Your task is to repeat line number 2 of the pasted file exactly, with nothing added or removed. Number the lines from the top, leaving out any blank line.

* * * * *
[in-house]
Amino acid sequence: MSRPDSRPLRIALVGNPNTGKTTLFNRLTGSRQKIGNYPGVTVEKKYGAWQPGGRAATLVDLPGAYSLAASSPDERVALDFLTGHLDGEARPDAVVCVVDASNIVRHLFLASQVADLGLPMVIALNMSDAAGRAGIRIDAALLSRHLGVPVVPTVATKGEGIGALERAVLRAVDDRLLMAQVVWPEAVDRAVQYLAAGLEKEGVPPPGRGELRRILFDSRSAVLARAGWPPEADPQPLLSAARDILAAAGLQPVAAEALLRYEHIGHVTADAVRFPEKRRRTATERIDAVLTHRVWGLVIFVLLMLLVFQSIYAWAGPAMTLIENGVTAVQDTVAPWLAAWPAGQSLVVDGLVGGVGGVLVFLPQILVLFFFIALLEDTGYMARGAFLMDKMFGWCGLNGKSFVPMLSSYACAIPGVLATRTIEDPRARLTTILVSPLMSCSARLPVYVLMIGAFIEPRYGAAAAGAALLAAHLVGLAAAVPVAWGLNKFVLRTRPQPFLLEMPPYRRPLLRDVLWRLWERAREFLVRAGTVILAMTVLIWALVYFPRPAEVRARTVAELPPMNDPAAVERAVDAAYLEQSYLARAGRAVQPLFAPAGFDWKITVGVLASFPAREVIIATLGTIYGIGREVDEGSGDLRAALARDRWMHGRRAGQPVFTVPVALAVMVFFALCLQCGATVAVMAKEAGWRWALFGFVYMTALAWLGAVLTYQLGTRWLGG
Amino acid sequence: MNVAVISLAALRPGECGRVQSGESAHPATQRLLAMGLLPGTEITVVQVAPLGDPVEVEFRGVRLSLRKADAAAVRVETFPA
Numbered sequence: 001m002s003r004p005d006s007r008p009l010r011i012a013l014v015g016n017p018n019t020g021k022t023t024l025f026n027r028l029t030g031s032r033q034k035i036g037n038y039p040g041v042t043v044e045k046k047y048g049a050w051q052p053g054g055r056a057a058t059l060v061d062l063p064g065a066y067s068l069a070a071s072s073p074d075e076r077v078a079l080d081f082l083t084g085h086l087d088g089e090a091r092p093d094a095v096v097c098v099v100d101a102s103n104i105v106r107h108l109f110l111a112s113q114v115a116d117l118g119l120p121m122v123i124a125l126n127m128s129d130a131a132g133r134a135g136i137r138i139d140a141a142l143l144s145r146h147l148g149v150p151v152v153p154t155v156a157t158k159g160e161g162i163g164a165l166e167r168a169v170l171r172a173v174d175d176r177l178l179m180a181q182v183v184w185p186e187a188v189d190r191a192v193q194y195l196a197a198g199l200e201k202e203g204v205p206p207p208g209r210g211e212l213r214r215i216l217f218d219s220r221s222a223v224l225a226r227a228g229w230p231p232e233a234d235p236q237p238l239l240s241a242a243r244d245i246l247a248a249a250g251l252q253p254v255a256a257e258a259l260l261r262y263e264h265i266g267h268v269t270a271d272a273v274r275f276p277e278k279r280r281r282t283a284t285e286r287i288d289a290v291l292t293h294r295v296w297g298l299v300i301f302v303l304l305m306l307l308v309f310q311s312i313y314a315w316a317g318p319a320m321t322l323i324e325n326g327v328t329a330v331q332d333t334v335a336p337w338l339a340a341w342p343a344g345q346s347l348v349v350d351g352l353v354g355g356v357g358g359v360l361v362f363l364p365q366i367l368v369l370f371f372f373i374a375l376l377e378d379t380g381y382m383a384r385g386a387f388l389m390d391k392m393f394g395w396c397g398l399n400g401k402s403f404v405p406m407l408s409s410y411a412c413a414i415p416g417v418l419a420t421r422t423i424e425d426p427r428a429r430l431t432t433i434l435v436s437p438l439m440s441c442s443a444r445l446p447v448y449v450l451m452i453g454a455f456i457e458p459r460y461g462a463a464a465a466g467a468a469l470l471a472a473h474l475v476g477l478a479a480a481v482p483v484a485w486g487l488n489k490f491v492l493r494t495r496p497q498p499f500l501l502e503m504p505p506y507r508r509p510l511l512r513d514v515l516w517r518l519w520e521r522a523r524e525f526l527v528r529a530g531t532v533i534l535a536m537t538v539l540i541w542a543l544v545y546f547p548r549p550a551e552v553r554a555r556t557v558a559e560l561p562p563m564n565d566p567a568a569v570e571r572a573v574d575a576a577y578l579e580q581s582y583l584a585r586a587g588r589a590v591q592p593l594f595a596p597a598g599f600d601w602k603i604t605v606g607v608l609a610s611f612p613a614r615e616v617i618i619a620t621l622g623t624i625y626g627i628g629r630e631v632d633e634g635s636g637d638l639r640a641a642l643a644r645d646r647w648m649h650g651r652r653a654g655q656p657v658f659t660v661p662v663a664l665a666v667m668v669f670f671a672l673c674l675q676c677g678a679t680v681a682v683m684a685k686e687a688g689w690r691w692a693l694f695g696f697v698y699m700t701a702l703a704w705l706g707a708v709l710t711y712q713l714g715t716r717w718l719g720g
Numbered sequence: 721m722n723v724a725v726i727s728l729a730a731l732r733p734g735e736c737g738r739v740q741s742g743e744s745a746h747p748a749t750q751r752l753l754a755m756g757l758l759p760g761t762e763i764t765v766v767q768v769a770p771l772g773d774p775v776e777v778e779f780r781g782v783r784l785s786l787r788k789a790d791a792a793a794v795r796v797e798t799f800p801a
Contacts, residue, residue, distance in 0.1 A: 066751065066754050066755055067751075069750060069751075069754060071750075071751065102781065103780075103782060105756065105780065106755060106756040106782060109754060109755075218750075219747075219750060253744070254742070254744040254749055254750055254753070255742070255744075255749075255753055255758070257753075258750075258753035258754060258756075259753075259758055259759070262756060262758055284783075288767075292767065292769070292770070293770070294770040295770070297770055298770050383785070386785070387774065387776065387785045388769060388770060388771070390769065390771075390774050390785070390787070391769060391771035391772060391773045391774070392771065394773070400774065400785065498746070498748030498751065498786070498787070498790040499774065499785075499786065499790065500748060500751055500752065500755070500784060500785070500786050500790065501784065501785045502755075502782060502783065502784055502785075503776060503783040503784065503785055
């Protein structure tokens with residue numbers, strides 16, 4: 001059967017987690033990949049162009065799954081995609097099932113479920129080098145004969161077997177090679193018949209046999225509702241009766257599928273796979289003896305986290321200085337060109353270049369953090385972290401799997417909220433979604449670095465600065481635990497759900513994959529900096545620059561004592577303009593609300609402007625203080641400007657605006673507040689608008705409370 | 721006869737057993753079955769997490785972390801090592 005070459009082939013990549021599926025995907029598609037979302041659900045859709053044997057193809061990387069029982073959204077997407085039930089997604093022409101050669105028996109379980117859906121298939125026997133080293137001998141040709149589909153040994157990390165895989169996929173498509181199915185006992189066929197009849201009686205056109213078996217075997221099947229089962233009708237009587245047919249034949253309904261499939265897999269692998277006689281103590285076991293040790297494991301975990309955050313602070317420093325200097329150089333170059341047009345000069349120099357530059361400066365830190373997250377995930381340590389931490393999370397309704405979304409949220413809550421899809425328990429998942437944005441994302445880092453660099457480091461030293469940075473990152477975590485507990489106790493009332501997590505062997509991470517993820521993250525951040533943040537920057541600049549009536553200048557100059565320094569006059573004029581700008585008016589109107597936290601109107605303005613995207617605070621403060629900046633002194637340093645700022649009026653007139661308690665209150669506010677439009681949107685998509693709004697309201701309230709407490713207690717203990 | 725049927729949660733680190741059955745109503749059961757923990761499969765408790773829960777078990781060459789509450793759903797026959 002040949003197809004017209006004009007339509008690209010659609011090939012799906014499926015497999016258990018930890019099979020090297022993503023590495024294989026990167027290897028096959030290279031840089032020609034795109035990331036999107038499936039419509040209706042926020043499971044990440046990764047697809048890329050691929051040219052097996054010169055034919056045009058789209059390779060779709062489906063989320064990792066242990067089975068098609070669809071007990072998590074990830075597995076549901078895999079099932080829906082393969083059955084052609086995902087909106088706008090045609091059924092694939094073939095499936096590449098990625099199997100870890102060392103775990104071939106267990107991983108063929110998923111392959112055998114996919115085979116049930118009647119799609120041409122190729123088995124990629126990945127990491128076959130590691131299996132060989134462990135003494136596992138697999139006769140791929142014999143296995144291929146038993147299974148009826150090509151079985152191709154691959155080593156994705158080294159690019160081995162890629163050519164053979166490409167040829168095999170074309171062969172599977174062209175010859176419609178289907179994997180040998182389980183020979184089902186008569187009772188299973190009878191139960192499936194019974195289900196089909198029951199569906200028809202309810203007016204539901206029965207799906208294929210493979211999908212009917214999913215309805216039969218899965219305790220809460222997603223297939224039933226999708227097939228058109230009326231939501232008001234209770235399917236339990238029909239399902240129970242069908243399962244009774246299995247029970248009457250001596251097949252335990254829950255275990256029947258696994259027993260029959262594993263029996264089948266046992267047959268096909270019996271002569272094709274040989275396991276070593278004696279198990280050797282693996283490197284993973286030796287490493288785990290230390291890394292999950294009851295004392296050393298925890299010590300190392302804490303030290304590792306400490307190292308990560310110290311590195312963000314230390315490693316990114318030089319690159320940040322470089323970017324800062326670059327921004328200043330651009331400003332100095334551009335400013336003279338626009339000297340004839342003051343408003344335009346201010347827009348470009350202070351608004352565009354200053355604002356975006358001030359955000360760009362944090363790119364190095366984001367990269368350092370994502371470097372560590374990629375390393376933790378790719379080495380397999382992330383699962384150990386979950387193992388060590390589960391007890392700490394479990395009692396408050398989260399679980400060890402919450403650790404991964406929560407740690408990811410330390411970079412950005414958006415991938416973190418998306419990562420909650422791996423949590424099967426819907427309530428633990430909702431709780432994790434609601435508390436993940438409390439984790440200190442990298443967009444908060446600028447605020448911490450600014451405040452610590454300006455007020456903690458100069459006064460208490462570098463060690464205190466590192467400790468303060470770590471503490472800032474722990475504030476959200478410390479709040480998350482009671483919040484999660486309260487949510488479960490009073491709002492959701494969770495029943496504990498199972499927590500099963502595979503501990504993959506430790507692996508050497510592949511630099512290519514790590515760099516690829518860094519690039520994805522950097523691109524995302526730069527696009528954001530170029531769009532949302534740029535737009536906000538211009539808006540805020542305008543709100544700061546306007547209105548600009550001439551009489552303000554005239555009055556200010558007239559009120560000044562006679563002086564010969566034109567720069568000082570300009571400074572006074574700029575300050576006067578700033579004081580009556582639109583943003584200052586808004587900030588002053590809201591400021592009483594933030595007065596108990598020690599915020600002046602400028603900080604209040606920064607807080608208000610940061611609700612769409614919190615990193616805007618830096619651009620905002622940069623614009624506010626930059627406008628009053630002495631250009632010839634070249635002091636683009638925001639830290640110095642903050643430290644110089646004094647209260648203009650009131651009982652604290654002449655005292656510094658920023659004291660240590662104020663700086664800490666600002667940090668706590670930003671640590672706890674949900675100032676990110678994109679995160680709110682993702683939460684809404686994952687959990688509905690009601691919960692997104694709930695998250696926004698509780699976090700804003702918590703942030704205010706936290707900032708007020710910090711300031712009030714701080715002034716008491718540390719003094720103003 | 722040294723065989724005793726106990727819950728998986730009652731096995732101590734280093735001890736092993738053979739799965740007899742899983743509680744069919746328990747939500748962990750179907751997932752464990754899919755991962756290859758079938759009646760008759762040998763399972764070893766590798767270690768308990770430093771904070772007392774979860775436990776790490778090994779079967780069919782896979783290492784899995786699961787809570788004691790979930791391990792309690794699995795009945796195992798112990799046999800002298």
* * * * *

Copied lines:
Amino acid sequence: MSRPDSRPLRIALVGNPNTGKTTLFNRLTGSRQKIGNYPGVTVEKKYGAWQPGGRAATLVDLPGAYSLAASSPDERVALDFLTGHLDGEARPDAVVCVVDASNIVRHLFLASQVADLGLPMVIALNMSDAAGRAGIRIDAALLSRHLGVPVVPTVATKGEGIGALERAVLRAVDDRLLMAQVVWPEAVDRAVQYLAAGLEKEGVPPPGRGELRRILFDSRSAVLARAGWPPEADPQPLLSAARDILAAAGLQPVAAEALLRYEHIGHVTADAVRFPEKRRRTATERIDAVLTHRVWGLVIFVLLMLLVFQSIYAWAGPAMTLIENGVTAVQDTVAPWLAAWPAGQSLVVDGLVGGVGGVLVFLPQILVLFFFIALLEDTGYMARGAFLMDKMFGWCGLNGKSFVPMLSSYACAIPGVLATRTIEDPRARLTTILVSPLMSCSARLPVYVLMIGAFIEPRYGAAAAGAALLAAHLVGLAAAVPVAWGLNKFVLRTRPQPFLLEMPPYRRPLLRDVLWRLWERAREFLVRAGTVILAMTVLIWALVYFPRPAEVRARTVAELPPMNDPAAVERAVDAAYLEQSYLARAGRAVQPLFAPAGFDWKITVGVLASFPAREVIIATLGTIYGIGREVDEGSGDLRAALARDRWMHGRRAGQPVFTVPVALAVMVFFALCLQCGATVAVMAKEAGWRWALFGFVYMTALAWLGAVLTYQLGTRWLGG